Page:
Talking about culture, philanthropy and democracy – Part 2

Following yesterday’s post, here is Sajida Carr‘s presentation to ADESTE+.


Following on from Francois talk there have aeons of activities that have attempted to become relevant and have people at the heart of cultural activities that question the willingness to share real power and change. I’d like to share two contrasting experiences around the democratisation of culture and culture democracy.

The two examples that I’d like to elaborate on relates to the National Trust which is a membership organisation and a charity with more than 5 million members. They are working towards becoming more reflective of our society. Whose Story? was a specific initiative to encourage a more diverse audience to engage in the NT. This was a programme of change internally and externally. Externally it was about audience development and internally it was looking at staff recruitment, board members, governance within the Trust. The research was carried to explore links which might engage new audiences and could act as a hook to entice people. For example, the research uncovered histories around the Hare Krishna’s, Indian princess and a tailor called George Saunders from St Kitts. In the mid 2000’s this was a  fresh and innovative way of interpreting their sites, where arts and heritage came together. Risks were taken with works such as the Sacred Quran which looked at Wightwick Manor through the eyes of Muslim men and women. Caution was needed because of the use of sacred text however because we worked with a partner who had expertise and knowledge, this gave the confidence to deliver the project. Looking back at this, and on reflection, this was ‘democratisation of culture’ which assumed that there is a recognised definition of what constitutes as culture as the project came from the National Trust and its staff.

The second example is about an action research project Creative People and Places and there are 30 programmes across the UK in places where Arts Council consider the least engaged in the arts. Arts Council England is a government-funded body dedicated to promoting the performing, visual and literary arts in England. And Creative Black Country (CBC) is one of those projects based in the Black Country, working in Sandwell, Walsall, Wolverhampton and Dudley. The Black Country is an area of the West Midlands and has a population of more than one million people covering four metropolitan boroughs. The phrase Black Country comes from the soot from the heavy industries that covered the area and was one of the most industrialised parts of the UK.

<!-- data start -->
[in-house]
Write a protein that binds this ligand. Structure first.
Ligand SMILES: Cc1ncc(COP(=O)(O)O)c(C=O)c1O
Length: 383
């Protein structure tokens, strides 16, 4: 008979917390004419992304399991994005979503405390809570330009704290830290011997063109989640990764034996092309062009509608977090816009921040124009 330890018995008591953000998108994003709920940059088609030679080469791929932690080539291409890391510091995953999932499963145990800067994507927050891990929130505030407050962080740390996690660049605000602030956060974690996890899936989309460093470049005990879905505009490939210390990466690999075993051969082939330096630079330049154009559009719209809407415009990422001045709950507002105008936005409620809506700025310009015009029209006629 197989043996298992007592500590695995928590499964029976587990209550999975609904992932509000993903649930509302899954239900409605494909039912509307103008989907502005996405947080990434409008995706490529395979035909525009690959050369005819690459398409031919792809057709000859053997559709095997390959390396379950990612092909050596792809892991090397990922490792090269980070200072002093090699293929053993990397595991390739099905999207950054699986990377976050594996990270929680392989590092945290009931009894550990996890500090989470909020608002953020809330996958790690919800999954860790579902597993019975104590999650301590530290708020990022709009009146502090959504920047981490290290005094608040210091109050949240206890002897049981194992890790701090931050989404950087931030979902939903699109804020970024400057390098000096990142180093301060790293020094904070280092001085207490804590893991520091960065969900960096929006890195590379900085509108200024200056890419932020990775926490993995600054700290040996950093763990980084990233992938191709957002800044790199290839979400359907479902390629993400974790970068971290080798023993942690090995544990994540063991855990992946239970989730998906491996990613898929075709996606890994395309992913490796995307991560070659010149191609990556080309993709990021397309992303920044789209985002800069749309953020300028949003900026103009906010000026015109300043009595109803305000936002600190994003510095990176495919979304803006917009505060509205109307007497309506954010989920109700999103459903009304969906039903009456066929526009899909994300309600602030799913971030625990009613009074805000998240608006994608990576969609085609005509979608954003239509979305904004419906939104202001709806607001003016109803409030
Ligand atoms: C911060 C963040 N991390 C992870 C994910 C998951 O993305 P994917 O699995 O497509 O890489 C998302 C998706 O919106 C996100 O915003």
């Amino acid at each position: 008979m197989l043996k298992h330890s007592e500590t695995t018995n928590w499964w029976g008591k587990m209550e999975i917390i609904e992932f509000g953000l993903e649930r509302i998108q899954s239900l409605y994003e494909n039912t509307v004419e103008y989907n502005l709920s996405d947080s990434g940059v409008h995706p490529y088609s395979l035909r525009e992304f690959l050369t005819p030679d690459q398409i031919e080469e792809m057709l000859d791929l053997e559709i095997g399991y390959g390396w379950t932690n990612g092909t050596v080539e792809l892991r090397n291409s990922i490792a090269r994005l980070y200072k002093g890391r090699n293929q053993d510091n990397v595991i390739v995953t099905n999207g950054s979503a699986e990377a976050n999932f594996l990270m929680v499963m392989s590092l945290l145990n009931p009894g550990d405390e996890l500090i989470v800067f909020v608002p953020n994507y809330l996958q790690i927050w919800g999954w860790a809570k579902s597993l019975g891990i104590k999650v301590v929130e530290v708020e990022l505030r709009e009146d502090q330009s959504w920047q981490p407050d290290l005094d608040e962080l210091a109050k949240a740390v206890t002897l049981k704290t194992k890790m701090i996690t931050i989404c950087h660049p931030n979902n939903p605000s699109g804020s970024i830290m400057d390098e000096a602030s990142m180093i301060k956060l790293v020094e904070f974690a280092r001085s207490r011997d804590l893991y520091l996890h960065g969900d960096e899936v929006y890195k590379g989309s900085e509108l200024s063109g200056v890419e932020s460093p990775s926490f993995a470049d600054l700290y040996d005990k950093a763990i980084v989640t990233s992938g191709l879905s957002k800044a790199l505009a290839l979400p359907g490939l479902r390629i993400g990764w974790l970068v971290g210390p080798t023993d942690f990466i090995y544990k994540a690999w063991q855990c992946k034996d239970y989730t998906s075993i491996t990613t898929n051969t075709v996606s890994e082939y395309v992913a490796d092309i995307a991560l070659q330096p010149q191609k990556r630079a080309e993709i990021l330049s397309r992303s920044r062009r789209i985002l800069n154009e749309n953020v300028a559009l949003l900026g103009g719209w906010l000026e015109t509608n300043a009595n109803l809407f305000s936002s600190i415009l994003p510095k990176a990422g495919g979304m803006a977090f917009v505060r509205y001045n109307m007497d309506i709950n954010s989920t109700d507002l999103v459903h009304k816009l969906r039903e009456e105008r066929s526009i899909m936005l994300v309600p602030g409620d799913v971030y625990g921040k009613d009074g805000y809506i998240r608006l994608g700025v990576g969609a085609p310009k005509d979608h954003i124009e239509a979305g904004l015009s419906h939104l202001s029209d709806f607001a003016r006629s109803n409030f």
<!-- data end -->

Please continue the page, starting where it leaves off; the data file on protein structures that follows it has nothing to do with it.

‘Amrick at Fourways’ – Photograph by Jagdish Patel, courtesy, Creative Black Country

CBC was born in late 2014 and everything within CBC is about creating cultural experiences, in partnership with local residents and genuinely being part of the decision making process. One of those project is about Desi Pubs which tells the extraordinary story about migration, survival, love and food. For over 40 years, the Black Country has been quietly developing a food revolution, the ‘Desi pub’ (Desi means authentic and is a word comes from South Asia). It’s an East meets West story, where the classic English pub with its ales, darts and dominos meets Punjabi food and Bhangra. Developed over two years Desi Pubs was a slow burn project born out of an authentic story from Sandwell and desire from the Midland Pubs Association (MPA) who could make more of the desi pubs phenomenon. MPA helped to broker the relationship between the landlords and CBC spent time building the relationship and more importantly listening to the pub regulars and landlords. The engagement was phased with pilot initiatives with artist commissions being central to the Desi Pubs project. CBC facilitated the design process the landlords and pub regulars, of course, there was hesitancy about pubs and art, this was changed via the strength of the relationship. The commissioning panel, a critical part process who made the decisions around the artists’ selection. The panel included an Art Gallery and the Midlands Pub Association.

The difference between the two approaches is the Creative Black Country model is based on cultural democracy, which is nothing new, CBC is standing on the shoulder of giants who have done this work for decades. The words change but what’s important is to question is about sharing real power, authentic collaborations, who decides what happens, are we really willing to change. CBC is continuously working towards this model and we have learned many lessons along the way which include:

Within the cultural sector, we sometimes think that we might have a wonderful offer, expect local people to sign up to panels, meetings etc and of course why should people come and get involved? So to engage audience authentically we have to go where they are, on their terms, have a conversation and listen. This all takes time to build and develop trusted relationships; you’re asking people to commit time to be involved with your work.

Consider where in our programmes does community decision-making sit. For Creative Black Country it took us time to find our feet when we started as a brand new programme and get an understanding of who makes the decisions. At the start, most of the decisions went through partnership board, as time has gone and more confidence built this has got less with processes around community decision making. A lot of the decisions are now also in the hands of mixed panels e.g. commissioning panels are represented by a range of partners and local people.

Lastly, it can be messy and it’s wonderful because culture democracy means you never always quite know the outcome.

Sajida Carr

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